• Glory-DAZE!

      Well said Jim! Any man (young man to us ByGones) who has played Football will confirm that this IS a 'team Game' with a collection of One-on-One battles, where each player strives to dominate his opponent (W/I the Rules) and work with the Team plans and efforts to achieve a Victory. Those players And (so called) Fans who who desire a Level of Violence where the Intent! is to Injure another Man in the game are Not Real (Men) sportsMen or 'Fans of the Game)!!

      October 19, 2010 at 3:48 pm | Report abuse |
  2. Peter

    Keep the present rules just simply remove the equipment; or at least reduce it. The players today have no fear of being harmed due to the quality, and devlopment, of today protective equipment. If some feel this will lead to more incidents than just look at rugby, a more agressive game played with little or no equipment.

    October 19, 2010 at 2:07 pm | Report abuse |
  3. DCLaw-1

    Lets face reality. Despite the hundreds-of-millions the NFL puts into marketing football (a luxury it has afforded itself by not bothering with developing a minor league system), it is a boring game – especially live (that is why the NFL has such an issue with drunks, the sober fall asleep or get restless leg syndrome). All the slow motion action video shown over gladiator music cannot change the facts. In the three hours it takes to play sixty minutes off the clock, there is, on average, ten minutes of actual play counting the time from the snap to the whistle. The hits are all that make it watchable.

    October 19, 2010 at 2:08 pm | Report abuse |
    • mtw220


      October 19, 2010 at 2:44 pm | Report abuse |
    • DCLaw-1

      mtw220, how about disputing the facts and say why I am wrong?

      October 19, 2010 at 2:57 pm | Report abuse |
  4. basconi

    People being criticallly injured for the sake of inflated egos in a game. Not. I say a game ejection and suspension is in order.

    October 19, 2010 at 2:16 pm | Report abuse |
    • DCLaw-1

      Are you female??

      October 19, 2010 at 2:23 pm | Report abuse |
    • DCLaw-1

      ....just curious because....welll...because.....

      October 19, 2010 at 2:26 pm | Report abuse |
    • AKC

      DCLaw-1 – are you a neanderthal? I am a woman. I grew up watching football (small town Okie – not much else to do on a Sunday afternoon). I love football. I hold my own with any man watching football. I love seeing a hard hit put on a player. But things change. If you don't like change, then you need to get rid of your HD TV, get an old-fashion antenna, and watch your tv football. You need to get off your butt during halftime, miss the highlights of the other games, and go outside with your friends and play some tackle football. Not all change is bad.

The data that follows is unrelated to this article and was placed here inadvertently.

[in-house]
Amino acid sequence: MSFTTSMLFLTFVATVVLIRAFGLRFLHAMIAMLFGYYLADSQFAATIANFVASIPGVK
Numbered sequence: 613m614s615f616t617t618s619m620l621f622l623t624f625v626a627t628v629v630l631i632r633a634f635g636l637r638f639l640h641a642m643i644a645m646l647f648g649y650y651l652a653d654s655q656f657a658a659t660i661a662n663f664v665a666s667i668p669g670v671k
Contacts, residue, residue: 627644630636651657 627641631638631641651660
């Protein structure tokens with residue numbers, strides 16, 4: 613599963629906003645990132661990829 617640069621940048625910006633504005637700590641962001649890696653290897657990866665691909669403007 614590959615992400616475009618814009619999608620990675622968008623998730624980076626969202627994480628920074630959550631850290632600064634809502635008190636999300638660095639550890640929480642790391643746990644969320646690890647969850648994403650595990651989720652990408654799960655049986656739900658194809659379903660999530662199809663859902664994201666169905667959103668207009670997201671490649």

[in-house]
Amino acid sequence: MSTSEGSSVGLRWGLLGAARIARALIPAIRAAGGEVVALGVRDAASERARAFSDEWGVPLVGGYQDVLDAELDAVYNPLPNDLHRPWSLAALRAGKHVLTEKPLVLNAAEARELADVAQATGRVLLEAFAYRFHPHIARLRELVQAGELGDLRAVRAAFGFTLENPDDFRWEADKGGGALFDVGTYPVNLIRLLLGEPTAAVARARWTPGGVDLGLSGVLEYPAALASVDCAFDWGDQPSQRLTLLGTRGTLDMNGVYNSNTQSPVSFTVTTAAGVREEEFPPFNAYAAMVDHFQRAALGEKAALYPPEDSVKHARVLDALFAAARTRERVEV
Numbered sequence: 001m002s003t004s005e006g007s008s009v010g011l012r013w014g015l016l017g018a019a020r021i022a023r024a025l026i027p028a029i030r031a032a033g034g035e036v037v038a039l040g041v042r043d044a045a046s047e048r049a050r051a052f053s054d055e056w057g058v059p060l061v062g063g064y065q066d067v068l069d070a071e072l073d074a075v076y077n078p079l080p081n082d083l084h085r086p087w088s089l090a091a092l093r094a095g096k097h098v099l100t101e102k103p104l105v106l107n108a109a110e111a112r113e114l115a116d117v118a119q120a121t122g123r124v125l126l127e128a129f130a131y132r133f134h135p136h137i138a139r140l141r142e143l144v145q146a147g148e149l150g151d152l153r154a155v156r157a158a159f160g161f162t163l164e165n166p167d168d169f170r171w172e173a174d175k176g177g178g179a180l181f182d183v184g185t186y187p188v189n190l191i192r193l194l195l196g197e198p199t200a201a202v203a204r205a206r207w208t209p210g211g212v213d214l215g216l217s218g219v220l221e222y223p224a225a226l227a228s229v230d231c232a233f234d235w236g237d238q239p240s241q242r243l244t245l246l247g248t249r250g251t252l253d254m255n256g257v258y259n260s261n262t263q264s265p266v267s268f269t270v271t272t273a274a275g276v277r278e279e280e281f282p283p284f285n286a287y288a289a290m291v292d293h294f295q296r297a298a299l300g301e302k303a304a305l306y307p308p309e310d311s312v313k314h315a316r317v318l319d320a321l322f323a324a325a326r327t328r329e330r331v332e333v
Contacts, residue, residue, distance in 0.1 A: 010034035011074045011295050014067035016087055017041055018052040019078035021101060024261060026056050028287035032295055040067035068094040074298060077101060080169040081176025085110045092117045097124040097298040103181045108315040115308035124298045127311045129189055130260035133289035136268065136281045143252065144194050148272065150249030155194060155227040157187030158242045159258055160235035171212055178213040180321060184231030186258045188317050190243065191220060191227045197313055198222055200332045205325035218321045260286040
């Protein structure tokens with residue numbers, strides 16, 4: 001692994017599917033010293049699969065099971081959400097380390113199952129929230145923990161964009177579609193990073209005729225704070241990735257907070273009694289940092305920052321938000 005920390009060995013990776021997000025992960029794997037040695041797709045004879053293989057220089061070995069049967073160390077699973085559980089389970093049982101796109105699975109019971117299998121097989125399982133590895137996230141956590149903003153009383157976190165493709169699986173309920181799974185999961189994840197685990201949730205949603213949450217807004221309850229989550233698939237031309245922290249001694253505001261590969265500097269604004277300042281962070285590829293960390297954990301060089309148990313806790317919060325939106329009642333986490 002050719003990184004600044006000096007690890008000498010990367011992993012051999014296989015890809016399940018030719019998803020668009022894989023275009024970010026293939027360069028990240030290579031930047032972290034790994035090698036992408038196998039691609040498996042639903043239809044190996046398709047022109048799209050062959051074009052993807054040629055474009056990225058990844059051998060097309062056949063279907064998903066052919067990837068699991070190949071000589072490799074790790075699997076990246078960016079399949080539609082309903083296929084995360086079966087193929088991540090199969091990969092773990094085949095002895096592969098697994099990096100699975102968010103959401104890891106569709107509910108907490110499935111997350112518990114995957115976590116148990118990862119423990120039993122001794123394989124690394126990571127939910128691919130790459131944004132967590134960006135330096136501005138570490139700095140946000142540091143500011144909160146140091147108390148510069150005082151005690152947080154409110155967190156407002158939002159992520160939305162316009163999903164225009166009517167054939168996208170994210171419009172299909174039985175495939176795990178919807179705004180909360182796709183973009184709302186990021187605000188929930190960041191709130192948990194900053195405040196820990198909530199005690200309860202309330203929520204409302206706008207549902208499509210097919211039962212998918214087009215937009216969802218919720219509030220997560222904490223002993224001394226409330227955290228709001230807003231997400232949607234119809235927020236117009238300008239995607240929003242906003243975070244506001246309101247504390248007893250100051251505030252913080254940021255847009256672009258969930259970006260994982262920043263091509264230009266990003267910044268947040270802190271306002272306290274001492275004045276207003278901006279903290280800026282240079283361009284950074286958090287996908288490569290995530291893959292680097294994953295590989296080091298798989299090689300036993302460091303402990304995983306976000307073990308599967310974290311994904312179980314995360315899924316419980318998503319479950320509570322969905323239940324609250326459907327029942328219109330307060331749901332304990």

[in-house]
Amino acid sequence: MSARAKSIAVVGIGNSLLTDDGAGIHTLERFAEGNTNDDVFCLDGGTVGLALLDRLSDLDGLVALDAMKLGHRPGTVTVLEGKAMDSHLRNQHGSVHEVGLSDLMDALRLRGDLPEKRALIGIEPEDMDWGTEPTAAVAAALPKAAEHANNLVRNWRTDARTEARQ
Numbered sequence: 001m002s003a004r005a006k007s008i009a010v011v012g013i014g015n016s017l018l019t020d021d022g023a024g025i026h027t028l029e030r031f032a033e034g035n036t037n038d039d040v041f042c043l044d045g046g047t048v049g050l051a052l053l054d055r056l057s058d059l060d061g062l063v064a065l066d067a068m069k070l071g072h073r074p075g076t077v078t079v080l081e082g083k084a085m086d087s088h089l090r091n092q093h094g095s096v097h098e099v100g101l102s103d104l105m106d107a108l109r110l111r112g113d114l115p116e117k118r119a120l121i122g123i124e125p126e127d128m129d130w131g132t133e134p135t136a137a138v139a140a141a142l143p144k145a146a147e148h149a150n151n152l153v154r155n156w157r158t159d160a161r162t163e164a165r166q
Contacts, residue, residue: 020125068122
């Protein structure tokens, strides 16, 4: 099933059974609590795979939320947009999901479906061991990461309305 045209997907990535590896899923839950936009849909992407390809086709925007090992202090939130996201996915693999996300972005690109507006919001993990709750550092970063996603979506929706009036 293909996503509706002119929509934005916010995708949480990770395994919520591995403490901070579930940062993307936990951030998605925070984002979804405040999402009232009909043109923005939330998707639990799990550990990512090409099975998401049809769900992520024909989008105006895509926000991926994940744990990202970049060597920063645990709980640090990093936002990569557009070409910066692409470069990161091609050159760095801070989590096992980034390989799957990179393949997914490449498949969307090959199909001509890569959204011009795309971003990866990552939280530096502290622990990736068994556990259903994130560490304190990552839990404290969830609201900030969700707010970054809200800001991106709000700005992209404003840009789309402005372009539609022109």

October 19, 2010 at 3:14 pm | Report abuse |
  5. David

    For God's sake, get your panties of a knot. This is a violent game. They know this. They get paid accordingly. If I wanted to watch a bunch of dudes throwing flowers at each other, i'd watch golf, or tennis. Nothing against golf and tennis fans, your sport requires a different kind of skill.

    October 19, 2010 at 2:20 pm | Report abuse |
  6. Steve

    Did the Romans take the tigers out of the Colosseum when the clawing got dangerous. NO! Did we give up when the Germans bombed Perl Harbor .NO!

    October 19, 2010 at 2:20 pm | Report abuse |
    • JSP

      Talk about the stupidest, short-sighted, analogies ever. Comparing WWII to NFL rules? Get a clue.

      October 19, 2010 at 2:39 pm | Report abuse |
    • Matt

      Are you an idiot? YES! Germans didnt bomb pearl harbor and you might want to read up on who were fighting the tigers...Come up with something more real this this BS...Football is a game....DA

      October 19, 2010 at 2:40 pm | Report abuse |
    • Crawfish

      Hilarious. for us who got it.

      October 19, 2010 at 2:55 pm | Report abuse |
    • Guinness

      Oh my, there are actually some who haven't seen Animal House and are tone deaf to satire.

      October 19, 2010 at 2:58 pm | Report abuse |
    • Frank Pendleton

      It was the chinese you munch......

      October 19, 2010 at 3:07 pm | Report abuse |
    • Audrey